Proper Tennis Etiquette…

SUBJECT:  Proper Tennis Etiquette for Parents and Fans

Players and fans are required to play under the USTA rules known as “The Code”.  (USTA Friend at Court page 52.) A few points are:

  1. Tennis is a unique sport with rules of etiquette.  Do Not treat it like Football or Basketball.   It’s closer to Golf as an example.
  2.  Take your best manners court side, silence all phones.
  3. Points should be played out in quiet, once a player is ready to serve.
  4. Wait until the point is over to clap or cheer for your team/player.
  5. Cheer and clap for good shots and long rallies.
  6. Do Not cheer for errors made by the other team/player, just good plays by your team/player.
  7. Do Not shout out line calls, instructions, communicate or coach your player in any way.  Or they will be subject to the “Point Penalty System”.  (USTA Friend at Court pages 136-138.)

1st occurrence – loss of a point.

2nd occurrence – loss of the game in progress.

3rd occurrence – loss of the match via default.

8.  Only the two official coaches of record can coach, communicate or instruct a player.  Cheering or encouraging them on is fine.

9.  The coaches can shout instructions during the match as long as play is not stopped, and can talk to the players at the fence on odd game change overs.

10.  Abusive behavior toward anyone on or off the court, will not be tolerated.  Show your school sprit in the right way!


Getting a Match Started…The Warm Up

SUBJECT: Getting a Match Started…The Warm Up


1.  Your Court and Opponent will be announced by the Home coach.

2.  Proceed to your court, with your can of balls, introduce yourself, and be sure you are playing the correct player(s) on the correct court.

3.  Flip or Spin for first Serve and Side of the court BEFORE warm up.

4.  Warm up… work on footwork, getting your eye on the ball, DO NOT hit  the ball hard or try to hit winners!  Hit the ball directly back to your opponent.

5.   Hit 6-10 forehands and backhands each.  Then come to net the and hit 6-10 Volleys that your Opponent will hit to you from the baseline.

6.  Then hit 2 or 3 overheads.  Work on getting under the ball, getting your eye on the ball and arm motion.  DO NOT hit the ball over the fence!

7.  Then hit 3 or 4 serves to your opponent, let them serve 3 or 4 back, then swap sides and repeat.

8.  Total warm up time including serves is 10 minutes.  (USTA Rules)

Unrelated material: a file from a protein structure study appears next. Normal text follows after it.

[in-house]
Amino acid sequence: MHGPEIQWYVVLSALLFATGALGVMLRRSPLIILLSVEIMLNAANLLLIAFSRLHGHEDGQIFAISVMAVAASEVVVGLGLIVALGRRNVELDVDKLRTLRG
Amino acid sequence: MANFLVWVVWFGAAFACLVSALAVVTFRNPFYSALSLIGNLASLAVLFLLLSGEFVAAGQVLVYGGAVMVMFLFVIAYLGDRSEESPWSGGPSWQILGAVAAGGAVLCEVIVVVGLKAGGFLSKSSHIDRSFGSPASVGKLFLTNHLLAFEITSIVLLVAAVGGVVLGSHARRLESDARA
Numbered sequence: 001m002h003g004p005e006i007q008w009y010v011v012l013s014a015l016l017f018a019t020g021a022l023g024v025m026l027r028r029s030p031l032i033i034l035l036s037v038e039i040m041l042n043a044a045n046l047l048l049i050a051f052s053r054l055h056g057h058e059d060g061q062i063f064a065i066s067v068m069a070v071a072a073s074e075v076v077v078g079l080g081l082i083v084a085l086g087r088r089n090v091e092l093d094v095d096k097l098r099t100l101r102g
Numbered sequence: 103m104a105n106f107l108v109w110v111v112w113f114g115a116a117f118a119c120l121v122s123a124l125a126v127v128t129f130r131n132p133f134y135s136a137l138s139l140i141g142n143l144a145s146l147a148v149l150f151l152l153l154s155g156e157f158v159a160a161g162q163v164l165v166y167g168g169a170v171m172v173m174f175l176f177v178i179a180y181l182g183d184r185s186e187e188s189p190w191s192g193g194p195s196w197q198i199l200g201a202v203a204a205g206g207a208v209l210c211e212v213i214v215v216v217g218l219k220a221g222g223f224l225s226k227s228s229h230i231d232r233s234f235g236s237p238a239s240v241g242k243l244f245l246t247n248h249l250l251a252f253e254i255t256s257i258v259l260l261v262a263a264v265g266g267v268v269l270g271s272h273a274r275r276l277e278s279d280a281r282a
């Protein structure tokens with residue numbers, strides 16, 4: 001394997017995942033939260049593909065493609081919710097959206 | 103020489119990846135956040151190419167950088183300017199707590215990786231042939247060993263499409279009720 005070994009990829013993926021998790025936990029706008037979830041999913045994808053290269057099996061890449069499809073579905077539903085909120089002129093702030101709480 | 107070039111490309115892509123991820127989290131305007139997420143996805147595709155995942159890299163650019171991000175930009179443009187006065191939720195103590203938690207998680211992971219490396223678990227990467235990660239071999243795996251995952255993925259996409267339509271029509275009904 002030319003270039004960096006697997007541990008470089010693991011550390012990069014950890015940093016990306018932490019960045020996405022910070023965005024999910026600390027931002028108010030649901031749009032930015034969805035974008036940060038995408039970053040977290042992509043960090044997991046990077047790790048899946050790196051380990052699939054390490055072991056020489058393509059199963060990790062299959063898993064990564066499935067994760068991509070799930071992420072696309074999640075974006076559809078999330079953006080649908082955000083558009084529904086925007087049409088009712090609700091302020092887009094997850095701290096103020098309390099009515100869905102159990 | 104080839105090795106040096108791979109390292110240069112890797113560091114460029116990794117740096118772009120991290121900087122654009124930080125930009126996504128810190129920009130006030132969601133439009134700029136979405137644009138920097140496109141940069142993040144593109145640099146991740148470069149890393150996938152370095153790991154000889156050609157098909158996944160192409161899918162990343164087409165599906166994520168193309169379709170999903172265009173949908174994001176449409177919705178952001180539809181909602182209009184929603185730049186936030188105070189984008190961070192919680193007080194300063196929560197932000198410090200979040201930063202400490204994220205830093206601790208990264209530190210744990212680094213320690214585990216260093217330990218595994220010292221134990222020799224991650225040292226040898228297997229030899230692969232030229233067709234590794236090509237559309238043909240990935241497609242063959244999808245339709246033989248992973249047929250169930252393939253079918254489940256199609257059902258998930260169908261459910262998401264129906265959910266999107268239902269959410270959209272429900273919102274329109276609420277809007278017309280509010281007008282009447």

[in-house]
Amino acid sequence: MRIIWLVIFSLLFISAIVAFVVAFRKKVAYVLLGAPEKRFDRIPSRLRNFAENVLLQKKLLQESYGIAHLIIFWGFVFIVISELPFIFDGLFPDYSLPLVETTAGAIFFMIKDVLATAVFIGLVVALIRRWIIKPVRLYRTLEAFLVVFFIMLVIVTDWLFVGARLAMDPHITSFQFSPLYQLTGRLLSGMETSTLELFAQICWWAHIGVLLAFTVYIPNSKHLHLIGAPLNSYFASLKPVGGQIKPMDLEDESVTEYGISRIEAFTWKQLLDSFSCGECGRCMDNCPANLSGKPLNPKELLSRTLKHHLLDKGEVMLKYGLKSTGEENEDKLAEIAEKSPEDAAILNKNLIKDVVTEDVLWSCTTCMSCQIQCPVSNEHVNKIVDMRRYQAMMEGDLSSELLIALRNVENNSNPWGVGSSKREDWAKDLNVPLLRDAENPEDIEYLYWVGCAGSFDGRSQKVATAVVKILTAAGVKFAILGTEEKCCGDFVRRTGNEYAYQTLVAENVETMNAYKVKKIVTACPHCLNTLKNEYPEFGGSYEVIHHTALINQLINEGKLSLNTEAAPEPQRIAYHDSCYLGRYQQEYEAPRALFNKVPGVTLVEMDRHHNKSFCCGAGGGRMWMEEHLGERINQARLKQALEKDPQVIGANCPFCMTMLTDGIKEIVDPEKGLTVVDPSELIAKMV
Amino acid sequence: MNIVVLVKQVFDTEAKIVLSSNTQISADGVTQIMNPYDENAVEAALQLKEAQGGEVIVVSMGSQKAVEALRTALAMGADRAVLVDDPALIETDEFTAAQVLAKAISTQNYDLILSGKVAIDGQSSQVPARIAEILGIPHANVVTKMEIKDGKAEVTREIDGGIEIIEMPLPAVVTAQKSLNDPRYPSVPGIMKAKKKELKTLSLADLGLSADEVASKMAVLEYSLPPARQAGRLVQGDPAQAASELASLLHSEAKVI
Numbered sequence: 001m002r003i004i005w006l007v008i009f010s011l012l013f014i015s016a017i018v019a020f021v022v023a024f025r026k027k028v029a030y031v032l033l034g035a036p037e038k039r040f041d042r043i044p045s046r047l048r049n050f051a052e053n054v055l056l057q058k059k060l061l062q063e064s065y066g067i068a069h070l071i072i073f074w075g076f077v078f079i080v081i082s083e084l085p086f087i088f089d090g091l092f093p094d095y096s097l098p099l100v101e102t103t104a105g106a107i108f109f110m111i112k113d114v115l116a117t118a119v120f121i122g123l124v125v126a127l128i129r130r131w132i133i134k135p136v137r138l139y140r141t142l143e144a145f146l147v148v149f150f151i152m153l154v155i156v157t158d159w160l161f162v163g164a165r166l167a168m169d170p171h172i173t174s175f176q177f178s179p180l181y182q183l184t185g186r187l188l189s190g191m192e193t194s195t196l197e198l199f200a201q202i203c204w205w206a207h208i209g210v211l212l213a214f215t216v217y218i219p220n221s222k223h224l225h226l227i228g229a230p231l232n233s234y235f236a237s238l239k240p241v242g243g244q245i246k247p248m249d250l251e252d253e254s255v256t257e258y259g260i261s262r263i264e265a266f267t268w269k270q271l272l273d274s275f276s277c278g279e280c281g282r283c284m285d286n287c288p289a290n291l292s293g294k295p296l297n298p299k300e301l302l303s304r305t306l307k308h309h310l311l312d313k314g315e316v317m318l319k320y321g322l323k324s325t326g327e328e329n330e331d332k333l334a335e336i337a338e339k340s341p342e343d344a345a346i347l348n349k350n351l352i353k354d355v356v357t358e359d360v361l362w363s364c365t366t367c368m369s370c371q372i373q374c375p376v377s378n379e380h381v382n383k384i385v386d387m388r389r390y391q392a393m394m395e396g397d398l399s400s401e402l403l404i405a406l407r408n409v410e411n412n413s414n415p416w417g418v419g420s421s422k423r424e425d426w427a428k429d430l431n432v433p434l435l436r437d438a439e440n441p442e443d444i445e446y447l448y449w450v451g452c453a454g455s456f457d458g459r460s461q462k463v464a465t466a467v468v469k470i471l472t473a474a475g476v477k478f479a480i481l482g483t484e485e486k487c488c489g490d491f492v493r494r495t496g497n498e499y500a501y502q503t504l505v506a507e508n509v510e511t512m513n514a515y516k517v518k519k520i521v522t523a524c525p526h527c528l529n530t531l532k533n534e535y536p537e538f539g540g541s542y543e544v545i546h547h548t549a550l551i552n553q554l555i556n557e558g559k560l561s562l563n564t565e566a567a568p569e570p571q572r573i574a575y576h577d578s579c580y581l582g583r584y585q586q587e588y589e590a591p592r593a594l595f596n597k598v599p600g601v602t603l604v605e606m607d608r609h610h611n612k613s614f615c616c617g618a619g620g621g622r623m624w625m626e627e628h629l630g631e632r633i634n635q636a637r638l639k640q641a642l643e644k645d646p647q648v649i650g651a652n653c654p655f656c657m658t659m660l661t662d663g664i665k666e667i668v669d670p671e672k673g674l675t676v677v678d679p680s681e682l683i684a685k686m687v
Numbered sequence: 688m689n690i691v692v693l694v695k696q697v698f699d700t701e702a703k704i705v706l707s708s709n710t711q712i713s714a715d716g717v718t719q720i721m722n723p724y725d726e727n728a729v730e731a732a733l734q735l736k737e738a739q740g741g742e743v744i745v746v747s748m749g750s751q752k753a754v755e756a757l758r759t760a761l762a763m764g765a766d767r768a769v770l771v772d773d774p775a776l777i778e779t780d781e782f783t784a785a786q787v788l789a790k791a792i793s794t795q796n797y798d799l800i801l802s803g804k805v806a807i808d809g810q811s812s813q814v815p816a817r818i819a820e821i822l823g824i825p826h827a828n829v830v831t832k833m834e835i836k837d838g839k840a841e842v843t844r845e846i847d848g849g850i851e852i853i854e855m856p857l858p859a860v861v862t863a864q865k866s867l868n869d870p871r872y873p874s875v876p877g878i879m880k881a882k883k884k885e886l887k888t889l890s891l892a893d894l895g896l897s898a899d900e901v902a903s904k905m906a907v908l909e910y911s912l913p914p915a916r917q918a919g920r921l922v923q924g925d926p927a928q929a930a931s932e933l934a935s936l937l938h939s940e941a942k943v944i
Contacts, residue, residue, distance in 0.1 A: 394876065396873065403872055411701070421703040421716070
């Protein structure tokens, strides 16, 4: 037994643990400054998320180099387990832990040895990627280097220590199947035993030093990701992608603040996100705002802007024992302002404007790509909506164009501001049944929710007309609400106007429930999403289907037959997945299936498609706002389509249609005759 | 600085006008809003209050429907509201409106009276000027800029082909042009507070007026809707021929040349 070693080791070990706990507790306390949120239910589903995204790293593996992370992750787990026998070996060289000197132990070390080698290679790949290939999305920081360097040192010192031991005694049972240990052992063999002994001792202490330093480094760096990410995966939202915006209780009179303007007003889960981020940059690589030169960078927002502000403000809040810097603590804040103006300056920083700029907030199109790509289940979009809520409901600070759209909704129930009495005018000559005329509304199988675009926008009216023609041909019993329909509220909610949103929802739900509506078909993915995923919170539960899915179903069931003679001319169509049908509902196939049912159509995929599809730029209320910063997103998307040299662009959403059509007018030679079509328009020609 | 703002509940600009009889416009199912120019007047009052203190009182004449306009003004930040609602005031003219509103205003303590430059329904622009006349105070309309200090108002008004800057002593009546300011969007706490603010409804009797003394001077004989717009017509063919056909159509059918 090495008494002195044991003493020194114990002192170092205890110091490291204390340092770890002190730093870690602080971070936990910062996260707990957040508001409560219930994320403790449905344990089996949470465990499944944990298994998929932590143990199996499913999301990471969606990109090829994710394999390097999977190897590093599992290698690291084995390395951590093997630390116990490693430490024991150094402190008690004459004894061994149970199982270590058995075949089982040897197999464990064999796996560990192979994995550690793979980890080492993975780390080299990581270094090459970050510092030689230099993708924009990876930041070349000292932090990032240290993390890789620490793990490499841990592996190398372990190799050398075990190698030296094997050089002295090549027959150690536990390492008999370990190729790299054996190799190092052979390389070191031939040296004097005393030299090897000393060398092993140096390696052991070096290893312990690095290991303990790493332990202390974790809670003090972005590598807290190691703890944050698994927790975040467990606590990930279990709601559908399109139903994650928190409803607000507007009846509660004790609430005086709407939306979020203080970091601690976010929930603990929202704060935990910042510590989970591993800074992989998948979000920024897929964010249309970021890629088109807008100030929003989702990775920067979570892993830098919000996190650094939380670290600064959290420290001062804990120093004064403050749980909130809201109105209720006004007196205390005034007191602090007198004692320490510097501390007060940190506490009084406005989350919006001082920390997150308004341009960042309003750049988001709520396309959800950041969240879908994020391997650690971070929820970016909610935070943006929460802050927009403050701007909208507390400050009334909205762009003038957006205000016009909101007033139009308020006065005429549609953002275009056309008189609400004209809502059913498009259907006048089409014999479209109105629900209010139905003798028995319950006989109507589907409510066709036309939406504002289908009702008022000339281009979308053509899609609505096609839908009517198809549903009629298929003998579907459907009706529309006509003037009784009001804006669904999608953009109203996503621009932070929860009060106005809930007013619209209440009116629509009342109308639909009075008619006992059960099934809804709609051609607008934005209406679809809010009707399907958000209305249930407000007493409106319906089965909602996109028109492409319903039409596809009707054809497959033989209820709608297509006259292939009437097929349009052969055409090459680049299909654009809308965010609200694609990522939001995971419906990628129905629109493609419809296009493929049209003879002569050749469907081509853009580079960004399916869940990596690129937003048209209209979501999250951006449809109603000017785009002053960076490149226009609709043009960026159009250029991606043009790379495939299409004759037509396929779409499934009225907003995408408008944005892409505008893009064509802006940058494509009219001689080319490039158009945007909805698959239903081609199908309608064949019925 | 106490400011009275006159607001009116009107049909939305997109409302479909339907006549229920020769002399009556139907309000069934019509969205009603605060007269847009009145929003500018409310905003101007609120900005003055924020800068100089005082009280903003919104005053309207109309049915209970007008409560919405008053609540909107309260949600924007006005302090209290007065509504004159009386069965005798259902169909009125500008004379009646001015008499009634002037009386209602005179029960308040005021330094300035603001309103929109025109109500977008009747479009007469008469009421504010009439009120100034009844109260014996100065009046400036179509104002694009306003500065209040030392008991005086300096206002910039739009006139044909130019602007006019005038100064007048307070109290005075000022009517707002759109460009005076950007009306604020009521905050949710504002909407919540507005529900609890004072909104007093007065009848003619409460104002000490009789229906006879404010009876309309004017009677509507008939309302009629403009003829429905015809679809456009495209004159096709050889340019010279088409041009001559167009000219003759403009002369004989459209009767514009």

9.  Start the Match!

10.  After the Match, shake hands, and report the score to the Home Coach, and your Coach.

Re: Tactics – “Lop Off the Lobber”

Re: Tactics –  “Lop Off the Lobber”

Playing a good lobber can be a trying time.  Patience and knowledge is the key.  A lobber will try to keep you from playing your game, by starving you of pace and getting you out of good forehand position.

1.  Take the ball on the rise, or short hop, and drive it like a normal ground stroke.  But don’t make foolish errors, keep the ball in play (80 % Rule)

2.  Move a lobber forward into the court!  It is almost impossible to lob moving forward.  Use approach shots, and drop shots to move them forward off the baseline.. where they want to be.

3.  Lob back when you must, but try to avoid long lob to lob rallies, unless you think you are a better lobber.

4.  Make them hit backhands…. most people don’t lob as well from the backhand side.  they will make more errors, and leave more lobs short, that you can attack with an over head.

Re: Tactics – “Hack Saw the Hackers”

Re:  Tactics – “Hack Saw the Hackers”

A hacker is a player who may be a good athletic, but lacks general tennis knowledge and skill, but makes up for it with foot speed and an assortment of usual spinning drop shots and lobs, design to move you out of your game, and make you loose your patience and confidence.

1. Cut or back spin spots –  the key is to see the way the player hits the ball and recognize it as a backspin or cut shot.  It requires you to know the ball will “check up” when it hits and not bounce toward you in the usual manner.

2. Setup early, racquet back sooner than normal and be ready and in good form sooner than normal to hit this type of shot.  Don’t get freaked out by it!

3. On short shots, as you run up notice if the opponent is staying back or moving in behind he ball.

3A. If they stay back, simply drop the ball over the net right in from of you and prepare to go on defense.